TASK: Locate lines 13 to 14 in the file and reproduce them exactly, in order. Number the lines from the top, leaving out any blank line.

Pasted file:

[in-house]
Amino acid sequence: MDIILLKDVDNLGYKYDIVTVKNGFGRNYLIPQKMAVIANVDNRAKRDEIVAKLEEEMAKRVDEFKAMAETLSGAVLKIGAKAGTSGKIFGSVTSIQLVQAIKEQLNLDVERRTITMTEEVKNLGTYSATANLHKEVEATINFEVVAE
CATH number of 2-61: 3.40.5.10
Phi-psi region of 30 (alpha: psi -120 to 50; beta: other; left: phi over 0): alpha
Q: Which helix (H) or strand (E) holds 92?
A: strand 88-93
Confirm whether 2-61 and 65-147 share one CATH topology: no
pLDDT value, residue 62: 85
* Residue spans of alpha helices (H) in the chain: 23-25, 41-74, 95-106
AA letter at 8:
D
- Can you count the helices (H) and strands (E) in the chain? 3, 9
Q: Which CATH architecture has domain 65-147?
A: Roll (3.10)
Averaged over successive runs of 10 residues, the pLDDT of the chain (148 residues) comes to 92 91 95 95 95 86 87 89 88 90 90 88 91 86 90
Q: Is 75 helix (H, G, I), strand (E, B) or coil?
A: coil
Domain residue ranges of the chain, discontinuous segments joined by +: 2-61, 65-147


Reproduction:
Q: Which CATH architecture has domain 65-147?
A: Roll (3.10)